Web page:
This article develops a conceptualization and measure of cognitive health sophistication - the complexity of an individual's conceptual knowledge about health. Study 1 provides initial validity evidence for the measure - the Healthy-Unhealthy Other Instrument - by showing its association with other cognitive health constructs indicative of higher health sophistication. Study 2 presents data from a sample of low-income adults to provide evidence that the measure does not depend heavily on health-related vocabulary or ethnicity. Results from both studies suggest that the Healthy-Unhealthy Other Instrument can be used to capture variability in the sophistication or complexity of an individual's health-related schematic structures on the basis of responses to two simple open-ended questions. Methodological advantages of the Healthy-Unhealthy Other Instrument and suggestions for future research are highlighted in the discussion.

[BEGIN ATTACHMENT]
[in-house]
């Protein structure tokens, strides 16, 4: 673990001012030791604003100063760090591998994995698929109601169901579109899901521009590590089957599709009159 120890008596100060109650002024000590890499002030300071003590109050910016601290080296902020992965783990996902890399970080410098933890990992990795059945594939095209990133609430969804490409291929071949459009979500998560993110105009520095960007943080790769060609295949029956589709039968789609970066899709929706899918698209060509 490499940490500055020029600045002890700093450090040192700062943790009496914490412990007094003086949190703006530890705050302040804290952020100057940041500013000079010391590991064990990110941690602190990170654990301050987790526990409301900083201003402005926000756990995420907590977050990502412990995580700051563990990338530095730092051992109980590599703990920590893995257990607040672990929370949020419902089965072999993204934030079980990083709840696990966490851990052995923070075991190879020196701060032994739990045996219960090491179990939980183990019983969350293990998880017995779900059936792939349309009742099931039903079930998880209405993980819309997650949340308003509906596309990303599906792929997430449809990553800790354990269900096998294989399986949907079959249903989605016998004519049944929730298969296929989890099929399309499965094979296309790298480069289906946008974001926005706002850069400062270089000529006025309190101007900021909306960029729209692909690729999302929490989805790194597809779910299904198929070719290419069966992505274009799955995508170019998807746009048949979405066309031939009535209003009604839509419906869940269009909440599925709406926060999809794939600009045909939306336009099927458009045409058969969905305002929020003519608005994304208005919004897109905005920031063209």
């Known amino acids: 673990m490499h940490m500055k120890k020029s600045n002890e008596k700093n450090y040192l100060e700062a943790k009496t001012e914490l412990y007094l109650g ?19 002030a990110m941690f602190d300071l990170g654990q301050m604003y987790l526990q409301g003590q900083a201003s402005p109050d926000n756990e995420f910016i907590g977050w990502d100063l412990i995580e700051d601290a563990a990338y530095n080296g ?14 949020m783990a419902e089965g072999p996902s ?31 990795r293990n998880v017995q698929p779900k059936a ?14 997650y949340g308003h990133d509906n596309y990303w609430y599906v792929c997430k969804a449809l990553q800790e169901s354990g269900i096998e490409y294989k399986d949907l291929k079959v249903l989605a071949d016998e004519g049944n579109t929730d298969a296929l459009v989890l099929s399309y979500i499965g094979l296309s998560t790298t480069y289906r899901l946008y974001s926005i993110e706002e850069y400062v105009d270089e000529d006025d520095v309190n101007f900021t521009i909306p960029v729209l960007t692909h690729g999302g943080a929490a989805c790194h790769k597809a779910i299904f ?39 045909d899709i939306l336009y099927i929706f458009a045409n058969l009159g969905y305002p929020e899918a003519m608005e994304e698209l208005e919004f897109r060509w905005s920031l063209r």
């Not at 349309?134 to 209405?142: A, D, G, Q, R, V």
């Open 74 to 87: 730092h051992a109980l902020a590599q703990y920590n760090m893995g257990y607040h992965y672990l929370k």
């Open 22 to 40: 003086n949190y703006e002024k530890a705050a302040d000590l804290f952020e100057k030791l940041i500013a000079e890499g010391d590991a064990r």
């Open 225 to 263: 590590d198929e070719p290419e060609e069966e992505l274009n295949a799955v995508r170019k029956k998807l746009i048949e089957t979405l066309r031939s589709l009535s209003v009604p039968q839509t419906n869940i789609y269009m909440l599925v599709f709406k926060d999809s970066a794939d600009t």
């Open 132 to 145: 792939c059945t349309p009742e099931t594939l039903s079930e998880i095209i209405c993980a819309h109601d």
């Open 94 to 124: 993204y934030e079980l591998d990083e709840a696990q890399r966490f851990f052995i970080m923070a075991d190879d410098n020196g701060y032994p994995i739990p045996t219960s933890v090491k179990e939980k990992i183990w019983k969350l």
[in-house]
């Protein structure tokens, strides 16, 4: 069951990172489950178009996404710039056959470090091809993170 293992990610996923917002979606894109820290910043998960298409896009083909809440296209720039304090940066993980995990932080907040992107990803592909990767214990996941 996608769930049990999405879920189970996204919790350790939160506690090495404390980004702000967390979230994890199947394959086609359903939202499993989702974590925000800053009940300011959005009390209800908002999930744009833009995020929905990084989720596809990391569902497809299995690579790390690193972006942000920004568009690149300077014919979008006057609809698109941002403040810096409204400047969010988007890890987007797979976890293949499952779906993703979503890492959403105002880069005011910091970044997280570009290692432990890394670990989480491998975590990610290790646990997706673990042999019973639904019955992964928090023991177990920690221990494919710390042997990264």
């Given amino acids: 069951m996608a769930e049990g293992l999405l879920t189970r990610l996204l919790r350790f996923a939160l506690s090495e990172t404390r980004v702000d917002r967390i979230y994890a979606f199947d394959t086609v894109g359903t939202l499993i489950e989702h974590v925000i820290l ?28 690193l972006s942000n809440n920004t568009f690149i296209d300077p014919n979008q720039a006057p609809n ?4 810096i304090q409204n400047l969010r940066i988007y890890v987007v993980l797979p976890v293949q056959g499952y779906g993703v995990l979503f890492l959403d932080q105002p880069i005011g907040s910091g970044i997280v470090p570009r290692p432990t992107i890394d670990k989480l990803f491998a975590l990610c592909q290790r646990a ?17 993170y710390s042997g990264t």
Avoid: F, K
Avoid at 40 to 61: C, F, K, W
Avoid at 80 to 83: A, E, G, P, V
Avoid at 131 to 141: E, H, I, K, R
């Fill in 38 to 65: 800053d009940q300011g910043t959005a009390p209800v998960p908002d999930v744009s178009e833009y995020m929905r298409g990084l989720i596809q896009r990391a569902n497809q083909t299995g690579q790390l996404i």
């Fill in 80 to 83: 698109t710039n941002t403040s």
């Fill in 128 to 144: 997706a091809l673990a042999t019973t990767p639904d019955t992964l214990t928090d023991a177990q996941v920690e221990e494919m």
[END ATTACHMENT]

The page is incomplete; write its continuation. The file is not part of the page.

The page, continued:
ASJC Scopus subject areas
- Health(social science)
- Public Health, Environmental and Occupational Health
- Library and Information Sciences